Fog

What’s stress got to do with it?

Published: Thursday, Aug. 9, 2012 11:48 a.m. CST

Our bodies respond to stress by releasing a cascade of brain chemicals and hormones that may stimulate appetite. During high stress, our body’s need for certain nutrients increases as it excretes more and the need for the vitamins and minerals increases.

When we are under stress our nutrition suffers. We tend to grab food on the run and eat meals that are unbalanced. We are likely to skip meals and indulge in comfort foods. Eating the right foods ensures that we have the ammunition we need to fight the energy-draining effects of stress.

Tips for managing stress through what you eat:

Limit caffeine. Caffeine may aggravate stress. A cup or two of a caffeinated beverage can escalate feelings of anxiety. Caffeine directly affects the brain and central nervous system, producing changes in heart rate, respiration and muscle coordination. Coffee also can decrease absorption of certain minerals, like iron and stress-fighting magnesium.

Eat breakfast. It’s the most important meal of the day. You’ve just awakened from a long period of fasting and your brain needs glucose to function.

Choose “healthy” carbs. Complex carbohydrates, such as whole grains, fruits and vegetables, are healthier carbs. Simple carbohydrates, such as candy and sodas, provide little nutrients. Diets high in sugar may increase the loss of calming minerals, such as magnesium and chromium.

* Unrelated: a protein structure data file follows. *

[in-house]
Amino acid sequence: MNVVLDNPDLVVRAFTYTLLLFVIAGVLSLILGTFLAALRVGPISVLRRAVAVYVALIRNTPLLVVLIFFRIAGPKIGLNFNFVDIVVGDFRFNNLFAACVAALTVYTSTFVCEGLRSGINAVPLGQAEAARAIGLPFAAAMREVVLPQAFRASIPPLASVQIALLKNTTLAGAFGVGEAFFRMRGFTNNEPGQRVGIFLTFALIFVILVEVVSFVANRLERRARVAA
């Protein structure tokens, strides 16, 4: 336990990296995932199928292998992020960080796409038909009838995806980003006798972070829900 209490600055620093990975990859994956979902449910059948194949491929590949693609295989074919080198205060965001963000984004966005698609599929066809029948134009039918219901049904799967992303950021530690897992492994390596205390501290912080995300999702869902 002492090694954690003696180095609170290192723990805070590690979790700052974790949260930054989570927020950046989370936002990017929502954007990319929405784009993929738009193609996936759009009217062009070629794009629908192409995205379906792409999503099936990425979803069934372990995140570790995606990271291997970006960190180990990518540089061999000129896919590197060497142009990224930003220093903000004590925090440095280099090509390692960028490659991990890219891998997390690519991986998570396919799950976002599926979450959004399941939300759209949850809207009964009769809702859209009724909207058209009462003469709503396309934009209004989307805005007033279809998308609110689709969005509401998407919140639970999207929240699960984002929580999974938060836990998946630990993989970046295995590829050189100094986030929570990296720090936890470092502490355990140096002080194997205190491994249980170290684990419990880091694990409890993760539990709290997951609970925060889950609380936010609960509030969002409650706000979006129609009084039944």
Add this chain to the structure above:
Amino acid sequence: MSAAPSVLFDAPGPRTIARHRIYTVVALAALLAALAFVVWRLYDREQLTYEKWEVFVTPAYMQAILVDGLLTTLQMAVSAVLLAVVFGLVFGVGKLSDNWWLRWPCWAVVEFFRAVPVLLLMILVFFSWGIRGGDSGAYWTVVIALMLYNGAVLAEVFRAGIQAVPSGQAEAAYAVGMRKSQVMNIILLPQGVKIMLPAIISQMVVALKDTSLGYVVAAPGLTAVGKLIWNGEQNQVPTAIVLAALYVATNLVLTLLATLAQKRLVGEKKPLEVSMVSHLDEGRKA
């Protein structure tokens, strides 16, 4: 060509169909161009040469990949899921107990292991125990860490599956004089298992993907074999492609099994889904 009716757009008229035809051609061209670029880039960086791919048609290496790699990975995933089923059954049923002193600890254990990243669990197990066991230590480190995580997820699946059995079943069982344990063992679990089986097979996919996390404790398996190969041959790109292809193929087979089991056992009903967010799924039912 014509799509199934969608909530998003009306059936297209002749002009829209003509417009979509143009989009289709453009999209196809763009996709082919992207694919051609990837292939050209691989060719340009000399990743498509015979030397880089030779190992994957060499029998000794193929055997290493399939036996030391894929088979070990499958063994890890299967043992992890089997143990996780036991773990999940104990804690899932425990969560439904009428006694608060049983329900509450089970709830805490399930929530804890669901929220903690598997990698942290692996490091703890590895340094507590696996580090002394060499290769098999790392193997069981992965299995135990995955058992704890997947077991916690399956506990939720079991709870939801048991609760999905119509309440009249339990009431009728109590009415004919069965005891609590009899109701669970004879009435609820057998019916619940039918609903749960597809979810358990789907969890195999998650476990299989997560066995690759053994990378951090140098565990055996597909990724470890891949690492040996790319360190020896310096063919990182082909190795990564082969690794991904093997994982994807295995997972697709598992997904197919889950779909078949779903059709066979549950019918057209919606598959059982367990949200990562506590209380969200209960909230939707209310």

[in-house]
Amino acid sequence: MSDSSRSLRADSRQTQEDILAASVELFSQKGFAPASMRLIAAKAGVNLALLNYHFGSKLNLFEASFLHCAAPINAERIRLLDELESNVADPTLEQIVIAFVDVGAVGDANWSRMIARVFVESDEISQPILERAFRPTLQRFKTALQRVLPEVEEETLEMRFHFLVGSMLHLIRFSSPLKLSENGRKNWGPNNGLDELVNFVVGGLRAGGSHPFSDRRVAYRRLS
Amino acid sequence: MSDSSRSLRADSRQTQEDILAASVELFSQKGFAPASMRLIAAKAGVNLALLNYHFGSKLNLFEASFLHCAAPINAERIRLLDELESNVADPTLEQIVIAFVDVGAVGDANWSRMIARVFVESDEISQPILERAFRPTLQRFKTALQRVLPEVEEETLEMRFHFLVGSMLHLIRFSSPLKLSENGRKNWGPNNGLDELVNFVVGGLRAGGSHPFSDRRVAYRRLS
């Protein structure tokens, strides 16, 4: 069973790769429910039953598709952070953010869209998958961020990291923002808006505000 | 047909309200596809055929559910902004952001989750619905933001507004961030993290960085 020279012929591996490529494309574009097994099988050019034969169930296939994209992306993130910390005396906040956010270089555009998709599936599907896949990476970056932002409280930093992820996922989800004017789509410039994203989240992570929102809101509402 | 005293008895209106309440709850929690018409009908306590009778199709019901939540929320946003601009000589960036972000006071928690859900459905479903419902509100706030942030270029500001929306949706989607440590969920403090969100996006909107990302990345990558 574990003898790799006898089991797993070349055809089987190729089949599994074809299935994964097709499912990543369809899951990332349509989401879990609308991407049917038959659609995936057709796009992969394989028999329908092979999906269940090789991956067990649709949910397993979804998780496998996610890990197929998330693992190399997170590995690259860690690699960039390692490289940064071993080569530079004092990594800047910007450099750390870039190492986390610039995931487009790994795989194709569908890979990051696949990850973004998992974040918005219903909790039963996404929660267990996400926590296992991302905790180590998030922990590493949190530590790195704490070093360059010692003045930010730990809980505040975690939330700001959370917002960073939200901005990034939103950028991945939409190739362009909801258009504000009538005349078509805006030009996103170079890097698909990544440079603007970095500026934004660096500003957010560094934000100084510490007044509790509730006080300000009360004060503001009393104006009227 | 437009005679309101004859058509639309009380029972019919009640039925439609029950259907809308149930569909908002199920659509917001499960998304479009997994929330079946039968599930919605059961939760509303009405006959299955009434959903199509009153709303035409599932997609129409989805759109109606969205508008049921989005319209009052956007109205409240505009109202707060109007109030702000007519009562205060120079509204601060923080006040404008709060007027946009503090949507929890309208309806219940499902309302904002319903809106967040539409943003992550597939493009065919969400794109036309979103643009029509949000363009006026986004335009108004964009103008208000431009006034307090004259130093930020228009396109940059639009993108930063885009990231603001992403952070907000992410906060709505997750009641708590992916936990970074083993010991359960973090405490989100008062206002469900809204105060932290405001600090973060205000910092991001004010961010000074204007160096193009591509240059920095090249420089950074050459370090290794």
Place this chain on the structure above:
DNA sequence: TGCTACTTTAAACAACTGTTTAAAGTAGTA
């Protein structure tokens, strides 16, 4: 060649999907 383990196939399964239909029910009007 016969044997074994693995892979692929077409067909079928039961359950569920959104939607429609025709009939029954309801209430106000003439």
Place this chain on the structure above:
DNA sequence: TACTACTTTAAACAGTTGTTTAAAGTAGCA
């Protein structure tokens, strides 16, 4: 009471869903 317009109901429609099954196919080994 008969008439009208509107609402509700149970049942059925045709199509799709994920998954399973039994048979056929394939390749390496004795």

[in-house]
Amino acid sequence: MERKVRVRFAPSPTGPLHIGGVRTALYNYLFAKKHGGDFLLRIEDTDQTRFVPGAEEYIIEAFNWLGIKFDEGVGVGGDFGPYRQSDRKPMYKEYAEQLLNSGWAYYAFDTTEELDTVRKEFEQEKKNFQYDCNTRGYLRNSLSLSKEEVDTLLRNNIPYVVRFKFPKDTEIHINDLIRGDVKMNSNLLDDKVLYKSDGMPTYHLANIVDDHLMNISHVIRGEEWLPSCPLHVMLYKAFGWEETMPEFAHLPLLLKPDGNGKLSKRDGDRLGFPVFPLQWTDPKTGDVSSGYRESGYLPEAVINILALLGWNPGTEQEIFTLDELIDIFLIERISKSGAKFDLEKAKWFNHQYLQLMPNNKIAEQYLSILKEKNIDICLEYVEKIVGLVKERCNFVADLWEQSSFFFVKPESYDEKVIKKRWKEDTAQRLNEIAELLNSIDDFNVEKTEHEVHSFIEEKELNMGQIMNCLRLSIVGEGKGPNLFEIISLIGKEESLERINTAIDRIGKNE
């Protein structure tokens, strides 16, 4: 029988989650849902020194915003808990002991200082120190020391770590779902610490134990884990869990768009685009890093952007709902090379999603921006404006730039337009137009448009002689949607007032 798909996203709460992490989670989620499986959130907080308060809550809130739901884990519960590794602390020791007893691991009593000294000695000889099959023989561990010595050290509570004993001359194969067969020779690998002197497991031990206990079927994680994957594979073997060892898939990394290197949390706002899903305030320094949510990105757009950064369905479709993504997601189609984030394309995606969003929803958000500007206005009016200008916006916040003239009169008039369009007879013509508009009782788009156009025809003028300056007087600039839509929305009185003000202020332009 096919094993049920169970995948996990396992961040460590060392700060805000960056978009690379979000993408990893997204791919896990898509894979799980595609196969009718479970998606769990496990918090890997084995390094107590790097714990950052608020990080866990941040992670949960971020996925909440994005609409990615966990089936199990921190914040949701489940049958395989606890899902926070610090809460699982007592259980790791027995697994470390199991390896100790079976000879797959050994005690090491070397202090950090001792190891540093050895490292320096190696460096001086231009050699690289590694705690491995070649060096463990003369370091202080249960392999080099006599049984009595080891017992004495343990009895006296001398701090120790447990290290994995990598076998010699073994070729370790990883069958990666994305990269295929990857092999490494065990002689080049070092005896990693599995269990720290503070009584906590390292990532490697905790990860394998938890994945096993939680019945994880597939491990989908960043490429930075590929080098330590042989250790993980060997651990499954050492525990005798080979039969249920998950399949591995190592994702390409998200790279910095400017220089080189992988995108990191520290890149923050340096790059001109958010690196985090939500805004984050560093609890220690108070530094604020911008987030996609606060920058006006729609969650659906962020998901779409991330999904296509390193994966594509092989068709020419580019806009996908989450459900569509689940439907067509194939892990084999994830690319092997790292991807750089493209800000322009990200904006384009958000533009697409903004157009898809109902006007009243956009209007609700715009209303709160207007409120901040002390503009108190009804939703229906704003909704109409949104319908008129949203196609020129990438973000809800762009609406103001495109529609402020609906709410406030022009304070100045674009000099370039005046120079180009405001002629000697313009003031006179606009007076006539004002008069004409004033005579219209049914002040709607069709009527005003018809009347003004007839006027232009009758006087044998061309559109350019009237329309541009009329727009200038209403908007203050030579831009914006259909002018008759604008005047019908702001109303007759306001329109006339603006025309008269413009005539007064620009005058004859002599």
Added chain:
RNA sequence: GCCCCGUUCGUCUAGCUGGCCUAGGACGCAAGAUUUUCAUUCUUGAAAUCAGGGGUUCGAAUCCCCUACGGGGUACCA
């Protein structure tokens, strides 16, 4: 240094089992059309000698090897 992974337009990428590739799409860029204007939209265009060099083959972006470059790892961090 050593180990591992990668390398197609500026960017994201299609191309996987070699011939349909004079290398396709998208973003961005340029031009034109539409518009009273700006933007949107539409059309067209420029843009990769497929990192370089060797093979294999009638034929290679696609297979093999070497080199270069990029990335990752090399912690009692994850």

The following foods are known as calming carbs:

• Whole-wheat pasta

• Oatmeal

• Popcorn

• Bagels

• Tortillas

• Rice cakes

• Dry cereal without milk

Research shows that when we eat meals with a high carbohydrate-to-protein ratio, we increase the amount of tryptophan available to our brain. Tryptophan is an amino acid required to manufacture serotonin, a brain chemical that has a calming influence. Higher-carbohydrate meals also help keep levels of the stress hormone cortisol under control, while high-protein diets may increase cortisol levels, aggravating feelings of stress. High cortisol levels can also lead to overeating because the hormone affects appetite control chemicals such as serotonin and dopamine.

Choose healthy fats. Focus on healthy fats, such as the monounsaturated fats found in olive and canola oil and omega-3 fatty acids found in cold-water fish such as salmon and mackerel. Saturated fats and trans fatty acids can suppress your immune system and raise levels of stress hormones like cortisol. Fats should make up only 30 percent or less of your total calories.

Eating a balanced diet and sticking to a regular meal times are strategies to help win the war against stress.

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